Not necessarily. My understanding is, and perhaps I am in error, that the password that was needed was not a SIM Lock, but rather was the password to the T-Mobile account itself for some reason. I am still not sure that has been clarified. There are 3 types of passwords on a standard T-Mobile Account/Android Phone:

                    1. SIM Lock, this is an optional security setting, which will prevent ones phone from being used on the network under the account in which the SIM is registered. Typically, depending on the phone, this can be bypassed, but if so, the phone will not be usable on the network with the installed SIM Card.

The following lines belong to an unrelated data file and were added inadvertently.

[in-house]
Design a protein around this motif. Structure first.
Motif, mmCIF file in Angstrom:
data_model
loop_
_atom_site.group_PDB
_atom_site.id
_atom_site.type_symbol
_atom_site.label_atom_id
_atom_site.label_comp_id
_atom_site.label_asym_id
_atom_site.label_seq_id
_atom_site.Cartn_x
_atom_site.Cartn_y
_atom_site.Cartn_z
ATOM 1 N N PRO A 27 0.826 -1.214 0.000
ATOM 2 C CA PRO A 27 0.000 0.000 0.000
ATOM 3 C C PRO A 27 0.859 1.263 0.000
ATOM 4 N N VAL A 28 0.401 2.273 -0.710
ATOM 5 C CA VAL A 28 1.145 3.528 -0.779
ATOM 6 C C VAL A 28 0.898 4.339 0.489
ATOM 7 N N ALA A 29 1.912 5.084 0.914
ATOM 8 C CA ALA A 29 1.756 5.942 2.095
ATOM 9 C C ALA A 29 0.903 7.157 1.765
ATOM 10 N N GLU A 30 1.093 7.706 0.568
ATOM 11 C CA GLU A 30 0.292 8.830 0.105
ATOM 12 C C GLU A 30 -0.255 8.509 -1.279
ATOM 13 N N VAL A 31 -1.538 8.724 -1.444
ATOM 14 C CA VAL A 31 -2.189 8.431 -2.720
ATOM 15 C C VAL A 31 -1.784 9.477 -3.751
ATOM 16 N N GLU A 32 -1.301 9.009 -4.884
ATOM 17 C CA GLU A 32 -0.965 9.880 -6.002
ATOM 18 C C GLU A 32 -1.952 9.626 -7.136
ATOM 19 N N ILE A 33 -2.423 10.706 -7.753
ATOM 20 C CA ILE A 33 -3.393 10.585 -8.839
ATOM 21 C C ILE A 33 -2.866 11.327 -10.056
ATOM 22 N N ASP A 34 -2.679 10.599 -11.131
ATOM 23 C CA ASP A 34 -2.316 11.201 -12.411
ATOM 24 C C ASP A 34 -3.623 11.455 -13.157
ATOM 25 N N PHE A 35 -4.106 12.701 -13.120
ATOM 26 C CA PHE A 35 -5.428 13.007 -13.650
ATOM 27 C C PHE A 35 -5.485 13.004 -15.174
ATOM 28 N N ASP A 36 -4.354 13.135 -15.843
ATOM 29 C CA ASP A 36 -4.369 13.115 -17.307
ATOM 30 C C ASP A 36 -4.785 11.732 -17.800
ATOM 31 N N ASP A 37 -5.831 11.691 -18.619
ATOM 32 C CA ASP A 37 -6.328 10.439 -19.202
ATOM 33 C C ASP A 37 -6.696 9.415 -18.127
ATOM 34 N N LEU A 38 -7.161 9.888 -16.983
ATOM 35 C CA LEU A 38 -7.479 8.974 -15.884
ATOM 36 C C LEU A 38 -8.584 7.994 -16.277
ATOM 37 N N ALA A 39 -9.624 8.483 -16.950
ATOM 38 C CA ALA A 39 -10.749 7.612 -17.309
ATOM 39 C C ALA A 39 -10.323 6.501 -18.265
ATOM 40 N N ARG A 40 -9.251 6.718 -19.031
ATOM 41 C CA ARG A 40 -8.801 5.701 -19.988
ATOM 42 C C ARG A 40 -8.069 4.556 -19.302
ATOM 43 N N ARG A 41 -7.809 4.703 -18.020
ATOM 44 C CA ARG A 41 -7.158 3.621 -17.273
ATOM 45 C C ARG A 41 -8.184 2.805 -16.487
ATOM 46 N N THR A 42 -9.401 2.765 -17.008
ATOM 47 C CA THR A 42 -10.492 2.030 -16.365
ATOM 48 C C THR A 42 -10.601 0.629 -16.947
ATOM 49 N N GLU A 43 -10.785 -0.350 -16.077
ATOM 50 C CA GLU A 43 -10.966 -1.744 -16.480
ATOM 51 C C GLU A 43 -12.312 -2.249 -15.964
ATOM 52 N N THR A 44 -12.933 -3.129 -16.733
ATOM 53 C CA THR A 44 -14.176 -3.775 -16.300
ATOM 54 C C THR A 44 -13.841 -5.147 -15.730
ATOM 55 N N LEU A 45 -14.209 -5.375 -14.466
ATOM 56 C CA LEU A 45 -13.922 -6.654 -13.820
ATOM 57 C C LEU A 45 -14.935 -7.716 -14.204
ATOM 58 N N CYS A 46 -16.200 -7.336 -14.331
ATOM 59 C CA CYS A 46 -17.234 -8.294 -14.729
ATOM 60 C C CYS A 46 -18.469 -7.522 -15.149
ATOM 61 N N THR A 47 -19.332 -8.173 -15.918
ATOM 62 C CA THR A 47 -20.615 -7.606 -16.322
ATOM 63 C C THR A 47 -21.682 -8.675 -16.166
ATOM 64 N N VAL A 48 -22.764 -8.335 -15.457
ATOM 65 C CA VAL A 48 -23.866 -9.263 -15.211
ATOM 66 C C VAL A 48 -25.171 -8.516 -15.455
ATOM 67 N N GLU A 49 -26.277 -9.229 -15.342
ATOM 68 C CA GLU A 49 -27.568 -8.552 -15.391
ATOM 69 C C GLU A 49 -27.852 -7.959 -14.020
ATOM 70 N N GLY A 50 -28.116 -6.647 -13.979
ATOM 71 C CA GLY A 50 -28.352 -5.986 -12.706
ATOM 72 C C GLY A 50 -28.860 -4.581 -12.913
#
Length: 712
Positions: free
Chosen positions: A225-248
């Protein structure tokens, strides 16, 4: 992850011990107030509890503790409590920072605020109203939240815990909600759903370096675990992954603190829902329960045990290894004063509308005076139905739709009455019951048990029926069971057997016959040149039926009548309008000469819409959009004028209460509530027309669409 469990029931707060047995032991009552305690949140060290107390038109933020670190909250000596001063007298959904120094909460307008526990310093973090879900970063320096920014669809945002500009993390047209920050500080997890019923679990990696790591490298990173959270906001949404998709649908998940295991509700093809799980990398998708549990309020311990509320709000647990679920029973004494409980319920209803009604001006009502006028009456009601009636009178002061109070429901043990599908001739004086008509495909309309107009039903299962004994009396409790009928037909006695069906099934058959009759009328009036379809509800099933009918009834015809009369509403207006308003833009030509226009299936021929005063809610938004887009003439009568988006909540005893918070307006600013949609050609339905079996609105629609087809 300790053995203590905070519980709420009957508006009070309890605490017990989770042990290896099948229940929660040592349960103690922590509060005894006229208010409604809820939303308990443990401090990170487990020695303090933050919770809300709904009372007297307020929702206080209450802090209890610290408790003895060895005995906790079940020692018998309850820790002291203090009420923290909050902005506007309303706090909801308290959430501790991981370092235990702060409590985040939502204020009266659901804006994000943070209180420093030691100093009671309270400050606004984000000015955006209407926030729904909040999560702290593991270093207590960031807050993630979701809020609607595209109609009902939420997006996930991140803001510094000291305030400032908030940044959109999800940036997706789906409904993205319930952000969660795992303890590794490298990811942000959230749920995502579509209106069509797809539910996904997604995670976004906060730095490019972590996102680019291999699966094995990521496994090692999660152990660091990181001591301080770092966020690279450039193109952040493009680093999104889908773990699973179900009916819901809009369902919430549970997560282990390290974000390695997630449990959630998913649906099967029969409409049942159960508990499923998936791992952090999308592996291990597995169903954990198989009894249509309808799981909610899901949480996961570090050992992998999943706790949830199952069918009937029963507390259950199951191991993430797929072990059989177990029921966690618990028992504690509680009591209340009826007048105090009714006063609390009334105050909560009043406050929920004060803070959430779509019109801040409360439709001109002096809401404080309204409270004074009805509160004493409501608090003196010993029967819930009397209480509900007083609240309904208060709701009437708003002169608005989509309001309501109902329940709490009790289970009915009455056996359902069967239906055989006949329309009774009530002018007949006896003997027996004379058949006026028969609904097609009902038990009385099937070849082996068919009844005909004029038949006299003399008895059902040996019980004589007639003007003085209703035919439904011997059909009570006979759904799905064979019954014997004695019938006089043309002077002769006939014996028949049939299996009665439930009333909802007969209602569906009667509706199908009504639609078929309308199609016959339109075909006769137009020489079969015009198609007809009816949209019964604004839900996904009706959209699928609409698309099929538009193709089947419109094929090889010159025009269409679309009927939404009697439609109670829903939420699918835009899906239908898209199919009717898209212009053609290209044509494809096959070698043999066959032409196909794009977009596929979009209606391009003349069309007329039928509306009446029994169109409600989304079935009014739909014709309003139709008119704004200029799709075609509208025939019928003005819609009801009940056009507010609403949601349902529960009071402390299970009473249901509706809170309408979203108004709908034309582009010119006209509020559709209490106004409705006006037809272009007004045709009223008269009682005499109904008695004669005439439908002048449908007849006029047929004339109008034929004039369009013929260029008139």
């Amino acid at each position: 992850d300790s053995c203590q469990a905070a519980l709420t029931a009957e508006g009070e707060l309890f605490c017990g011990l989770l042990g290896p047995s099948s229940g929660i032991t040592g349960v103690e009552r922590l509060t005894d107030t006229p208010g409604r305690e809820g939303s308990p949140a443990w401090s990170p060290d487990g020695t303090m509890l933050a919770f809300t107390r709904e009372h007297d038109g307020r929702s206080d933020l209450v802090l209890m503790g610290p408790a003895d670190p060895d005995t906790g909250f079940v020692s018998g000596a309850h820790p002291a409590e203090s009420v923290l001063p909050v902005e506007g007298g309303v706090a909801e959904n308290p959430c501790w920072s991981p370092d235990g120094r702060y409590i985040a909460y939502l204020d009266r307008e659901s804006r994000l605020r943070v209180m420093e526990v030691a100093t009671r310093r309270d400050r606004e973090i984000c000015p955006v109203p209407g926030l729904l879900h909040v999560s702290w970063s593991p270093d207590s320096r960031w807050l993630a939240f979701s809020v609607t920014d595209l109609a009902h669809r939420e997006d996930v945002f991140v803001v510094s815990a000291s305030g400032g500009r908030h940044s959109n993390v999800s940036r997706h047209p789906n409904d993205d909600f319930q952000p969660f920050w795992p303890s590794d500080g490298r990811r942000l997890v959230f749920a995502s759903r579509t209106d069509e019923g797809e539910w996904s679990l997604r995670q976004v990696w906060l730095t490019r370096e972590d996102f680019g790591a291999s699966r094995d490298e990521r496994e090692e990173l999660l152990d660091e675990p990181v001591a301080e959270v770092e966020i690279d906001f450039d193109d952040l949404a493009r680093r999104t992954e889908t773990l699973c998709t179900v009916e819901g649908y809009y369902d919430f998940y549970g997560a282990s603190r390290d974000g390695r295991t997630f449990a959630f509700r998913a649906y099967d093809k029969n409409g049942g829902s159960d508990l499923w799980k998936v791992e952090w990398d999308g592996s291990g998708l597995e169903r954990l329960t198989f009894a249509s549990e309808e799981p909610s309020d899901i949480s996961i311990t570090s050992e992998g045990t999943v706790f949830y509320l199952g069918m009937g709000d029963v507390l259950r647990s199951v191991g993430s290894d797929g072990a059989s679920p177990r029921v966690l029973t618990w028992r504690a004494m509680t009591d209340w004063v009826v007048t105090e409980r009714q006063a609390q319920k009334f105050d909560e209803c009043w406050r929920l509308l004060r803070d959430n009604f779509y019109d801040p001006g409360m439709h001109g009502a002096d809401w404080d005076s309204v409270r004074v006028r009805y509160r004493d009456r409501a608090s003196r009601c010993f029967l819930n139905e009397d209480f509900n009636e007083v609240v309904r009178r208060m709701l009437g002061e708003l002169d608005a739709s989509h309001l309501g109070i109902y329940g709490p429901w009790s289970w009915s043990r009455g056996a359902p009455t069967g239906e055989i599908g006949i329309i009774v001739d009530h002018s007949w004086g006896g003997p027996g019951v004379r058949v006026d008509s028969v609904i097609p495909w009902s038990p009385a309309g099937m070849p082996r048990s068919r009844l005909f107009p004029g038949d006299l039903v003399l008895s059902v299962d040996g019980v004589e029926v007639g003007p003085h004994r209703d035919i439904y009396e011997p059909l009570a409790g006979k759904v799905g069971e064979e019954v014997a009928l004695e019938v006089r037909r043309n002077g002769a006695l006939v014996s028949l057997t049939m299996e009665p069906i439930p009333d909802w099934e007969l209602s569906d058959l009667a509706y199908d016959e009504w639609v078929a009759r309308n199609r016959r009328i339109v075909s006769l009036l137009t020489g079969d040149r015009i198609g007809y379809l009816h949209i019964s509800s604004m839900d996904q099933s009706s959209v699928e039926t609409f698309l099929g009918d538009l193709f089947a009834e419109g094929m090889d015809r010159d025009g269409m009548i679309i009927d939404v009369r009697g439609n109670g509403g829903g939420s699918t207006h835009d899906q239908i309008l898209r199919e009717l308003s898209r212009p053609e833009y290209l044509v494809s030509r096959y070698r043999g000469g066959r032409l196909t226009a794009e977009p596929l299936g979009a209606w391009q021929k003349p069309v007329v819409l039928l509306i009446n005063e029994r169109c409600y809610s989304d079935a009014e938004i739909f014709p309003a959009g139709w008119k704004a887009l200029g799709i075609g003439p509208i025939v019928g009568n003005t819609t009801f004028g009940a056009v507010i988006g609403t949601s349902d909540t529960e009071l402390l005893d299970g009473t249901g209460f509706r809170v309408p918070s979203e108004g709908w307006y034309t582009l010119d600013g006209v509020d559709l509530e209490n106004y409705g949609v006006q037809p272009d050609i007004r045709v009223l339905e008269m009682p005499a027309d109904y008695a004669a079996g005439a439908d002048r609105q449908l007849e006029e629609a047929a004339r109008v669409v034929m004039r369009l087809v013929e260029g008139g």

2. PIN, Password, Pattern Lock- Also optional, The phone connects and is recognized by the network, however, user access to the Launcher is blocked. If the phone is rooted, this can easily be bypassed by going into recovery and backdooring it.